Washington will need an extra starter during the week because it is playing seven games in six days. For instance, the Nationals could call someone up to pitch the first game Wednesday, and have Max Scherzer pitch on regular rest Wednesday night. The doubleheader being played Wednesday instead of Tuesday allows the Nationals plenty of time to import a starter for the day, if they choose to do it then.

However, Tuesday’s forecast is also rain-filled. Stay tuned.



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Nationals introduce first round pick Jackson Rutledge, who is ready to work

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Nationals introduce first round pick Jackson Rutledge, who is ready to work

WASHINGTON -- Jackson Rutledge may still be years away from the majors, but as the Nationals' 2019 first round pick toured the team's ballpark for the first time on Monday, he sure looked the part as a big leaguer.

At 6-foot-8, Rutledge towers over everyone currently on the Nationals' roster. He's got prototypical pitcher size with a fastball that reaches triple digits.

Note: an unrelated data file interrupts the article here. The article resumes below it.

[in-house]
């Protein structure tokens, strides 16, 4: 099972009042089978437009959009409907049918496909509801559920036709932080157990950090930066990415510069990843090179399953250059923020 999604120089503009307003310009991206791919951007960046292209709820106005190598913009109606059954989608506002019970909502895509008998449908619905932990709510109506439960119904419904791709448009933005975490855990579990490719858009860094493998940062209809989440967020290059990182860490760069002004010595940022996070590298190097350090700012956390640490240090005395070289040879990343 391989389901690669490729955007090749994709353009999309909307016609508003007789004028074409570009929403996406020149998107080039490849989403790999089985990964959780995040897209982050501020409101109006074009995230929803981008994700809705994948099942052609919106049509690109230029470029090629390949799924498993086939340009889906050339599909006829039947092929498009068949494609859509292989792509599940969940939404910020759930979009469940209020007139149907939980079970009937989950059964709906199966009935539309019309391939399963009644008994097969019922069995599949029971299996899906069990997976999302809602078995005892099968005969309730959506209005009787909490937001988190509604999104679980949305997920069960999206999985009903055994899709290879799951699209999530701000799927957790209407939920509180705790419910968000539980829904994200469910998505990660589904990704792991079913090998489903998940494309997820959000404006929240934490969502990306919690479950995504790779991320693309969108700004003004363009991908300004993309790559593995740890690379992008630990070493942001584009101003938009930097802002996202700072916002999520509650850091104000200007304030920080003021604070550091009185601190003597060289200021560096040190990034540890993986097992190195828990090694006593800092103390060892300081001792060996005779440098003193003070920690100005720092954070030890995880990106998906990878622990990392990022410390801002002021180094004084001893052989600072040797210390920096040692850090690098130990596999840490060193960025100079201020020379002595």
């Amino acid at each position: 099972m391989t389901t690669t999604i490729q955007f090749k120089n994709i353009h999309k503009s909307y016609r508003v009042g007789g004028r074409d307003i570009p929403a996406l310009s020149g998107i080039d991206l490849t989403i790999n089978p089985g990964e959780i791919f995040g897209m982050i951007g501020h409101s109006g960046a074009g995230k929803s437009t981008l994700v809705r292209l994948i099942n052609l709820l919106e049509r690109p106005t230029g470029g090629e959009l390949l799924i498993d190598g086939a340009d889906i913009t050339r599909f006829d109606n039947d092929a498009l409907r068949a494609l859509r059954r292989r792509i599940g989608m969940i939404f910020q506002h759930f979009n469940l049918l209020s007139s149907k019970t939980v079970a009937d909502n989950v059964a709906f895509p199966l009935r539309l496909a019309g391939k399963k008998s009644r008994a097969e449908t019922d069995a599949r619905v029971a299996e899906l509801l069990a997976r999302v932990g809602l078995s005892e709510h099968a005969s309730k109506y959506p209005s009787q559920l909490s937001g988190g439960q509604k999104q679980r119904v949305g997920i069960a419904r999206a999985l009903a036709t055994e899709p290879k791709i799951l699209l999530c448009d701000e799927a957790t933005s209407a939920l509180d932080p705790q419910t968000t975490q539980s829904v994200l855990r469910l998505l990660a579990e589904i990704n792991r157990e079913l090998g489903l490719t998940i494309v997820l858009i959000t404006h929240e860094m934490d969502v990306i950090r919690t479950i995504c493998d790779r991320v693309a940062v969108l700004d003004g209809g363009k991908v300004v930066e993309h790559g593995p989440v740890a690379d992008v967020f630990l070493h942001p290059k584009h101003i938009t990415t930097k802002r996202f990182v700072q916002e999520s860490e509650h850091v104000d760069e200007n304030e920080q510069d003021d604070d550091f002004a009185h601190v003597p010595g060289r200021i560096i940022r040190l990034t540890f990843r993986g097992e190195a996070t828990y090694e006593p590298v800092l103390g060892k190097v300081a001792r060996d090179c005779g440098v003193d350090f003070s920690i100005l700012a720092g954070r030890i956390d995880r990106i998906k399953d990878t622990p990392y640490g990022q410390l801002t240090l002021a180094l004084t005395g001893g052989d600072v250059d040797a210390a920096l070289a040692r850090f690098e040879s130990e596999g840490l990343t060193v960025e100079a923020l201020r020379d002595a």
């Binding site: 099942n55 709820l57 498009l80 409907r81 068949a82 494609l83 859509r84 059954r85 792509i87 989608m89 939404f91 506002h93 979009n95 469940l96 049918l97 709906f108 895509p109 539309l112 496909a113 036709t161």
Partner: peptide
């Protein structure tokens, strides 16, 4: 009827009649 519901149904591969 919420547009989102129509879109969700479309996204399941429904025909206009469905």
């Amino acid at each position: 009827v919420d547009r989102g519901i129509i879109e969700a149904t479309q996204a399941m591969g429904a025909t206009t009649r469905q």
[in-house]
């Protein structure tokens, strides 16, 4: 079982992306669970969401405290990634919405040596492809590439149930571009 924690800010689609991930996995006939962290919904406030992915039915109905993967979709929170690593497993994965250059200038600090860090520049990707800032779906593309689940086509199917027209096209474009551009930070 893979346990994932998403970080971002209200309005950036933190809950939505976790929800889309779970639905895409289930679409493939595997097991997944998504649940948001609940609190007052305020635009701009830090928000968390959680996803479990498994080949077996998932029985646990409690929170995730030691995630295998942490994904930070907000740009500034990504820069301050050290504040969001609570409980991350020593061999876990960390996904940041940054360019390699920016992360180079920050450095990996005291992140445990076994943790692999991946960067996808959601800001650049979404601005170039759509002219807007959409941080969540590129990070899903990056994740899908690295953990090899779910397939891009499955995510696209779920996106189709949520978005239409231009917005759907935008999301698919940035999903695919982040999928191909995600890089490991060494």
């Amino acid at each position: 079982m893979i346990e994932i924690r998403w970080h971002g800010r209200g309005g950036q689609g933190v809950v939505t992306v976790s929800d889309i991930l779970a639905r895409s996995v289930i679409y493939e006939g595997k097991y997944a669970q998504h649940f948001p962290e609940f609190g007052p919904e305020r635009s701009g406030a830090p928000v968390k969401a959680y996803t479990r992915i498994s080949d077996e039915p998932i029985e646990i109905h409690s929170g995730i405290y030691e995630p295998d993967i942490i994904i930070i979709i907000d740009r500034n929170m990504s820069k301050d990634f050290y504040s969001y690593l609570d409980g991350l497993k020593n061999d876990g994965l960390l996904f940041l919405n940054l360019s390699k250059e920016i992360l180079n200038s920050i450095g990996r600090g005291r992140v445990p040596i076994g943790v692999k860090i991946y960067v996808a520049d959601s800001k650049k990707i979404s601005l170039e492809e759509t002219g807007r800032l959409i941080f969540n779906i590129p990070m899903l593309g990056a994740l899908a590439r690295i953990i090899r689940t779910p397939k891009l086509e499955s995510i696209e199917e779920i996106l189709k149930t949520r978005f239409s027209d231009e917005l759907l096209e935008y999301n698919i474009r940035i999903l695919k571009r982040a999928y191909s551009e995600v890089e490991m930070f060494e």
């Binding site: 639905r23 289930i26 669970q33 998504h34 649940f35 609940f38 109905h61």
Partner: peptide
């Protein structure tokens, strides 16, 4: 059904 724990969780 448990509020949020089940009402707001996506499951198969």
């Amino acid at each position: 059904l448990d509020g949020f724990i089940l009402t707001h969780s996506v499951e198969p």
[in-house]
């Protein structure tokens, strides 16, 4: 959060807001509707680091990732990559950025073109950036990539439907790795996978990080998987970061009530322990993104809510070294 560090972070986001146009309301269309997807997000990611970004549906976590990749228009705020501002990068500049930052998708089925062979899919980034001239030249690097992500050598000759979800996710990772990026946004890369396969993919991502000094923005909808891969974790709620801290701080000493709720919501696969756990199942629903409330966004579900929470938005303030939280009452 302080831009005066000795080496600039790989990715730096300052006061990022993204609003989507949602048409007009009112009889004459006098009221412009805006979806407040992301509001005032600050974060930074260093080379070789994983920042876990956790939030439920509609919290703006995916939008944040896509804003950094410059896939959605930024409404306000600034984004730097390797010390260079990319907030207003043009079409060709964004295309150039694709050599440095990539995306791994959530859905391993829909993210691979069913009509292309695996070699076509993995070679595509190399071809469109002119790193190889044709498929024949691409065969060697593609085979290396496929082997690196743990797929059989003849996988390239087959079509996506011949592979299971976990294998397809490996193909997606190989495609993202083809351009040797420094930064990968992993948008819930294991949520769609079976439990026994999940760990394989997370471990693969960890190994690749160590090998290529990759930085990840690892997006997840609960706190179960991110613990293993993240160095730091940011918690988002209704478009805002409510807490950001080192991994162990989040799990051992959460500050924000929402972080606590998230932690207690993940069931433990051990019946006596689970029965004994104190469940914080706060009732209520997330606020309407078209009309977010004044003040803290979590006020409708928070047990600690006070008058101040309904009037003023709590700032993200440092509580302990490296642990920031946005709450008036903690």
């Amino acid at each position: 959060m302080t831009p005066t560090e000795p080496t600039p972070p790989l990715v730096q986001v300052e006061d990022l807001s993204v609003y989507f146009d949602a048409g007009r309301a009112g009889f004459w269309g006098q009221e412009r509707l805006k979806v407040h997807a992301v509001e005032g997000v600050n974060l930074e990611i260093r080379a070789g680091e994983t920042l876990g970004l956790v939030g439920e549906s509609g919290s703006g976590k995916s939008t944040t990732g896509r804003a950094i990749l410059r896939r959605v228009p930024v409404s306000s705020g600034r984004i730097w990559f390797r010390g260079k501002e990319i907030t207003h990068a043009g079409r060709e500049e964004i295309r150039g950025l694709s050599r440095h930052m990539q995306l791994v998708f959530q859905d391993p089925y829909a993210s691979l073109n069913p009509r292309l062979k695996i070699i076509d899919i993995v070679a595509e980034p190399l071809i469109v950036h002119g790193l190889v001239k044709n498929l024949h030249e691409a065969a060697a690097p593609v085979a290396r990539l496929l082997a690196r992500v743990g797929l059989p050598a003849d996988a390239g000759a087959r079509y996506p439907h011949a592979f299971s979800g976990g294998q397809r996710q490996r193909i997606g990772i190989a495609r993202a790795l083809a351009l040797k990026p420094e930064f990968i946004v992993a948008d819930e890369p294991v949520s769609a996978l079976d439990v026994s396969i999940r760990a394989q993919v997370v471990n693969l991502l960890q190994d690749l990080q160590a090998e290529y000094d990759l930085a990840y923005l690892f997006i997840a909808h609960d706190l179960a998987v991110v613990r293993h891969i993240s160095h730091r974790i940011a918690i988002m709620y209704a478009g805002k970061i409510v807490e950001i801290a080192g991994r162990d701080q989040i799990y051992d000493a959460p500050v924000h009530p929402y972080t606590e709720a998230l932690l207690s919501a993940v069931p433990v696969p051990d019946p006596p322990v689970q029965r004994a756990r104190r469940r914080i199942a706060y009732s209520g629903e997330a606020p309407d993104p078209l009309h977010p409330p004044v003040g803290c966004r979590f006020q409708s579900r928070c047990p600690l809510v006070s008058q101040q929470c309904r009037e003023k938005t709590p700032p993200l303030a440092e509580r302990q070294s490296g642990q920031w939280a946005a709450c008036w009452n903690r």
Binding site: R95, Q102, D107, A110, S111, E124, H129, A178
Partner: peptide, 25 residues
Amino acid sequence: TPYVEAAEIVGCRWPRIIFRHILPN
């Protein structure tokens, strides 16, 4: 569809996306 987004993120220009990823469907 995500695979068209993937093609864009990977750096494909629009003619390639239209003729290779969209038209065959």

Like any pitcher recently drafted, no matter the round, there is a good chance Nationals fans will not hear Rutledge's name again for quite some time, if they hear it again at all.

In the previous eight years, the team used their first pick in the draft on a pitcher six times. Only two of them - Lucas Giolito and Erick Fedde - have pitched in a Nationals uniform, and only Fedde is currently on their roster.

Rutledge, 20, will begin his journey with the Gulf Coast League Nationals. He heads there on Friday, hoping it will not be long before he is back in Washington.

"This is my first time in D.C.," Rutledge said. "Amazing stadium."

Rutledge signed his first contract with the Nationals on Monday and passed a physical in the morning. In the afternoon, he walked around the clubhouse and on the field during batting practice, introducing himself to manager Davey Martinez and players who could be his future teammates.